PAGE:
It’s a good engine and pretty similar in character to the MT-07 but just less power and torque everywhere and none of the attitude or wheelies.
Also, the MT-07 despite also being a parallel two-cylinder engine sounds much better due to Yamaha’s crossplane crankshaft as does the new YZF-R7
The engine does a stellar job on the road though and is fast enough to have fun.
Kawasaki Ninja 650 Acceleration and Top SpeedNinja 650 Acceleration 0-60 0-100
|Kawasaki Ninja 650 Acceleration|
The Kawasaki Ninja 650 can move, as any vehicle that can do a sub four second time from 0-60 mph is objectively fast. And the 0-60 mph for the Ninja 650 is a very respectable and fast 3.53 seconds and 0-100 km/h is 3.92 seconds.
The Ninja will charge on to 100 mph in 9.5 seconds and the quarter mile benchmark time for the Ninja 650 is a very respectable 12.3 seconds @ 110 mph.
These are close to optimum times. The average rider who is decently skilled will hitting 4 seconds flat to 60 mph and be mid to high 12’s on the quarter mile with a terminal of around 105 mph. The Ninja can do 0-200 km/h for you metric peeps in 18.5 seconds.
When we ‘go for it’ on a motorcycle it is always tempting to take the rpm’s right to the redline. But this is not always the fastest way, nor the best way to achieve the effective elapsed times as it all depends on the engine delivery characteristics and gear ratios.
The Ninja 650 is a motorcycle best short shifted to make efficient progress. Shifting at around 8500-9000 rpm is the most effective way to get good times.
If you scream the engine to the redline for each gear you could lose up-to 0.3-4 in the quarter mile. Riding the Ninja 650 a little bit more like a revvy single is how this engine likes to play ball and will reward you as a result.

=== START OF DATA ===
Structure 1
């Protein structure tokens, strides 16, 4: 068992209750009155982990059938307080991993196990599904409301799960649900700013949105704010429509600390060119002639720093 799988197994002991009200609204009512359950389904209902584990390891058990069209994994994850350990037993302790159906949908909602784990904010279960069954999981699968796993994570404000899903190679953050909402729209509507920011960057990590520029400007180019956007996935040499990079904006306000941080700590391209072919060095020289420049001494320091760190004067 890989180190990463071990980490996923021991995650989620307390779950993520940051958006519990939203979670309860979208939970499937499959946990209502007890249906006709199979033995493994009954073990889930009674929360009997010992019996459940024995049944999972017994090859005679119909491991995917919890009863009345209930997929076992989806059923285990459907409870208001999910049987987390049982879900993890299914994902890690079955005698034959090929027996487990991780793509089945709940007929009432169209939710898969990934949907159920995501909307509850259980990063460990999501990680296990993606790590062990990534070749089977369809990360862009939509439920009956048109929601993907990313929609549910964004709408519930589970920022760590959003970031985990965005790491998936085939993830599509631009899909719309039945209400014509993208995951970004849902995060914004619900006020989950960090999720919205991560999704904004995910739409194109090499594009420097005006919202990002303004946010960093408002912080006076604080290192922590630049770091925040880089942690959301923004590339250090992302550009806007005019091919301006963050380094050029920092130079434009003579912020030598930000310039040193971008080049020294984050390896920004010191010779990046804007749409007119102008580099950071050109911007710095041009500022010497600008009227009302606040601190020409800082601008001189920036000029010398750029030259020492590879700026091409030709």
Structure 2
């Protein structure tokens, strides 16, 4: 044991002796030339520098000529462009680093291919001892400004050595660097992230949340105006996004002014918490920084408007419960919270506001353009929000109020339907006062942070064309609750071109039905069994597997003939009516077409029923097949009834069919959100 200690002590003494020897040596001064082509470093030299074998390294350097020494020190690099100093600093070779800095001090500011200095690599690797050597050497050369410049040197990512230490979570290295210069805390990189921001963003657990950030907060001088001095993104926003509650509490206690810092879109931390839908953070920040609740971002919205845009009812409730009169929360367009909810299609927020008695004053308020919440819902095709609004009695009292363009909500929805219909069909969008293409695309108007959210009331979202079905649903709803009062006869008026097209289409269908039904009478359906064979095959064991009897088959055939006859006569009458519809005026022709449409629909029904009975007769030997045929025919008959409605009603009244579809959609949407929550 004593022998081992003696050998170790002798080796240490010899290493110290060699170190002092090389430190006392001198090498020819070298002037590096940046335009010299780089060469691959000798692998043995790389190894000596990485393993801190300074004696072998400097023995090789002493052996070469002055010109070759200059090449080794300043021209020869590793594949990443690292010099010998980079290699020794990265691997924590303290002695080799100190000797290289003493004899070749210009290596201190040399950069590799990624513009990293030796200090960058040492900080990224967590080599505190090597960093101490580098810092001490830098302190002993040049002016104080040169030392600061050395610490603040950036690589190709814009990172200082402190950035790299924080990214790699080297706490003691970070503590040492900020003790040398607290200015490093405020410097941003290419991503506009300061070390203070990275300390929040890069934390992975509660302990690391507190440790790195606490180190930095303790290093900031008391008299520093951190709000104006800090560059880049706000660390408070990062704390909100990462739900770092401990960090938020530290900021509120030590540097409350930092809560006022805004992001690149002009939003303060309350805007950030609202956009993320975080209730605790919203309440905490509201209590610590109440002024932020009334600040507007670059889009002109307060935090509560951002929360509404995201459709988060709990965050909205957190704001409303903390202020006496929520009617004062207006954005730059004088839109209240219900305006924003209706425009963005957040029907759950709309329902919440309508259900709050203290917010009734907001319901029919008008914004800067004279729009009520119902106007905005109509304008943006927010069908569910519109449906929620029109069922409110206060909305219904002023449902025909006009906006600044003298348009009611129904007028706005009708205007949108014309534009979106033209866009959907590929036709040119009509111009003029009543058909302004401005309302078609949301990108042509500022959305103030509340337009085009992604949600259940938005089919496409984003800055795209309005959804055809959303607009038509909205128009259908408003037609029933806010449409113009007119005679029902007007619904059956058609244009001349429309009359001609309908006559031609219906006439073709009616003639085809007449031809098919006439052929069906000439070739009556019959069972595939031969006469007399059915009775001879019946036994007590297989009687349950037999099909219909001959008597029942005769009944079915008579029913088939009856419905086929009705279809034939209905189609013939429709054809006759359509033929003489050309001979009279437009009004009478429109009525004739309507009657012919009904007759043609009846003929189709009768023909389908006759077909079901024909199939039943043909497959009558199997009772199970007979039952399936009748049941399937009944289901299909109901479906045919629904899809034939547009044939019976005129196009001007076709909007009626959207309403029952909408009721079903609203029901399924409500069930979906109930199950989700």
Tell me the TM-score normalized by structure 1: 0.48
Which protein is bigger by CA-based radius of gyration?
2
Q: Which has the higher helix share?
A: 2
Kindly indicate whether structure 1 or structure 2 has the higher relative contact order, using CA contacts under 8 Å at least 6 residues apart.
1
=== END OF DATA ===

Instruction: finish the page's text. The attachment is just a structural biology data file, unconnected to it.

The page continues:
As the Ninja 650 is fully faired, despite being a little down on power compared to some of its rivals it still manages to achieve a decent top speed of 130 mph, elbows in and full-on race tuck. For most average size and weight riders that are less committed, this number would be closer to 120/125 mph. Factor in a headwind and you’ll struggle to do 110/115 mph.
While this bike is quick its engine is clearly more suited to bursts of acceleration in-gear and at lower speeds rather than screaming her like a two-stroke. You can play with your other classmates and be on their heels, but the Ninja will show its weakness as the speeds go above 100 mph.
If we compare the Ninja 650 to sports cars it has many of them beat, and its acceleration to 100 mph is like that of a BMW M2 or M4.
So, you can be happy knowing that your Ninja can play with cars many times more expensive.
If we exclude the ZX-6R, the Ninja 650 is the quickest entry level motorcycle that Kawasaki offer and it does also have the legs on the more rev hungry and smaller Ninja 400 sibling. The Ninja 650 will also convincingly put the ‘beatdown’ on the CBR500 and Yamaha R3.
If you do not like the full fairing the Z650 is the naked version.